The Bulletin Board
Oral arguments in New Hampshire’s ‘divisive concepts’ lawsuit set for Wednesday
(William Thomas Cain | Getty Images)
A lawsuit against the state’s “divisive concepts law” will come before oral argument in federal court Wednesday, allowing lawyers for teachers unions and the American Civil Liberties Union of New Hampshire to square off against the Department of Justice.
The court hearing, set for 1 p.m. at the U.S. District Court in Concord, will allow the plaintiffs to lay out why they say the new law creates a “chilling effect” for teachers that violates the Constitution.
The law, known by some as the “divisive concepts law,” bars New Hampshire educators from teaching that a person in one protected class is inherently superior to another, inherently racist, or inherently oppressive, even unconsciously, and it prohibits teaching that an individual should be treated differently for one of those characteristics.
It also prevents the teaching that people of one class “should not attempt to treat others equally and/or without regard to age, sex, gender identity, sexual orientation, race, creed, color, marital status, familial status, mental or physical disability, religion, or national origin.”
Supporters have said that the law stops teachers from appearing to single out students of one race or gender – for instance white people or men – when talking about history, and that it applies to all protected classes equally.
But teachers unions and other opponents argue the prohibitions are broad and vague, and say the potential professional consequences will dissuade teachers from starting nuanced discussions about historical oppression.Those consequences can include lawsuits brought by parents against teachers and the potential loss of educational credentials.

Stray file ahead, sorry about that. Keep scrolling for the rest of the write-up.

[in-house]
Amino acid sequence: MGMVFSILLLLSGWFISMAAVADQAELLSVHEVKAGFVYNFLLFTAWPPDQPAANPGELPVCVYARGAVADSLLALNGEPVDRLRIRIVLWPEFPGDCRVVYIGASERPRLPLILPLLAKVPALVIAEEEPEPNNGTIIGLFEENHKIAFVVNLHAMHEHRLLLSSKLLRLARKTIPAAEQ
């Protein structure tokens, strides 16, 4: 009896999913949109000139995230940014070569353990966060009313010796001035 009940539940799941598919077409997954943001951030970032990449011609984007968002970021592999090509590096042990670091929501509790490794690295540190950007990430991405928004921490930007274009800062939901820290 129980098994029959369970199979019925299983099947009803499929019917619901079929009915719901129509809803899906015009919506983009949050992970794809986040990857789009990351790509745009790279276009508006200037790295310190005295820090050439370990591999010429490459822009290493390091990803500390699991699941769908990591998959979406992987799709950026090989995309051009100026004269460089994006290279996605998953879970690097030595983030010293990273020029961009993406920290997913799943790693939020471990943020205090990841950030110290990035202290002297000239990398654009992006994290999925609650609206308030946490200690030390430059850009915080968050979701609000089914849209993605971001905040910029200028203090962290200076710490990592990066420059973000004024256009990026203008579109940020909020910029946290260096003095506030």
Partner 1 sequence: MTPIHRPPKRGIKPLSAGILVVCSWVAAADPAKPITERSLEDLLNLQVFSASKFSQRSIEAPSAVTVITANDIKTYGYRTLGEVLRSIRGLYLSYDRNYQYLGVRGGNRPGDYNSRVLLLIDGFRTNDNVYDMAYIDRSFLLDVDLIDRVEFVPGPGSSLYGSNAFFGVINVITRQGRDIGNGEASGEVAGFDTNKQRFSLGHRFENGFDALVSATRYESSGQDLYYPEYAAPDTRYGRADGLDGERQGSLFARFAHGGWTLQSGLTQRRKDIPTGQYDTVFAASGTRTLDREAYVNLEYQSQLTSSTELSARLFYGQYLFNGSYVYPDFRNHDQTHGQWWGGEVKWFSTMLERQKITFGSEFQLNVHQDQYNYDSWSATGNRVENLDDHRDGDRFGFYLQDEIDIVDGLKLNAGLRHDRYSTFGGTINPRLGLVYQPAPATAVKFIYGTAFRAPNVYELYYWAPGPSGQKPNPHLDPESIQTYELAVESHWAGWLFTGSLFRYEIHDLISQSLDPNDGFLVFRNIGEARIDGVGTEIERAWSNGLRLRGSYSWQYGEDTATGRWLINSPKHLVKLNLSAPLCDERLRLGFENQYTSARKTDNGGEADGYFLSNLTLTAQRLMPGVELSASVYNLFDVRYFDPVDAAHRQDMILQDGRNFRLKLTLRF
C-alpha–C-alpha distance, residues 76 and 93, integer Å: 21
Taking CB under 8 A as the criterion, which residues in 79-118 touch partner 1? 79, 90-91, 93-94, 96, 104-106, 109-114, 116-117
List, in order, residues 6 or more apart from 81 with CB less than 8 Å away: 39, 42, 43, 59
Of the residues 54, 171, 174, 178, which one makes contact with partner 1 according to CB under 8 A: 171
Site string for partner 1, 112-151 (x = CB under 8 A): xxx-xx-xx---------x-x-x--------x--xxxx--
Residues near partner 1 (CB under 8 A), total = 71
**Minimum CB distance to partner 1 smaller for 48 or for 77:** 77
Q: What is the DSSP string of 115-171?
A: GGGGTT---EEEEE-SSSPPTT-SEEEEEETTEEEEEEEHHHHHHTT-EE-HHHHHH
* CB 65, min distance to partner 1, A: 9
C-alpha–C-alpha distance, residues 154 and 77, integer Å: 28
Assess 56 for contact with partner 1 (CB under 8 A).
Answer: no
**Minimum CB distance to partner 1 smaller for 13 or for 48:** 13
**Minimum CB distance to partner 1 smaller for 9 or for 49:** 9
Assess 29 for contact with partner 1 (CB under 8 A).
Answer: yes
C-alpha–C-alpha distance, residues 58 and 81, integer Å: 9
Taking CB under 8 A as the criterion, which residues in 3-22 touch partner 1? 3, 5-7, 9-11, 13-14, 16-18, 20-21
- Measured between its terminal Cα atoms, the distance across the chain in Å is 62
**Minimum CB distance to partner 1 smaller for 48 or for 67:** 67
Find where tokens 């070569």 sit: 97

Teachers unions filed two separate lawsuits in December, one led by the American Federation of Teachers of New Hampshire and the other led by the National Education Association of New Hampshire and the ACLU. Those lawsuits have since been combined into one case by the U.S. District Court; Wednesday’s hearing will include representatives from all parties. The plaintiffs include the state’s Disability Rights Center and GLBTQ Legal Advocates & Defenders (GLAD).
They also include Andres Mejia, the director of diversity, equity inclusion, and justice for the Exeter Region Cooperative School District; Kim Philibotte, the chief equity officer for the Manchester School District; John Dube, a high school U.S. history and AP U.S. history teacher at Timberlane Regional High School; Ryan Richman, a high school world history teacher also at Timberland; and Jocelyn Merrill, a ninth-grade English teacher at Nashua High School North.
In their filings, lawyers for the plaintiffs have argued that the 14th Amendment prohibits legislation that is “unconstitutionally vague” and that the law is too confusing to follow confidently, which they say will lead to self-censorship by teachers.
The state, in its filing to dismiss the case, has sought to rebuff that vagueness argument, noting that the Attorney General’s office, the Department of Education and the Commission for Human Rights issued joint guidance to schools and teachers in 2021 on how to interpret the law and what lessons might or might not violate it. And lawyers for the state have argued that teachers are not entitled to a broad right to free speech when it comes to their “official duties” in the classroom and can be limited by policy or laws.
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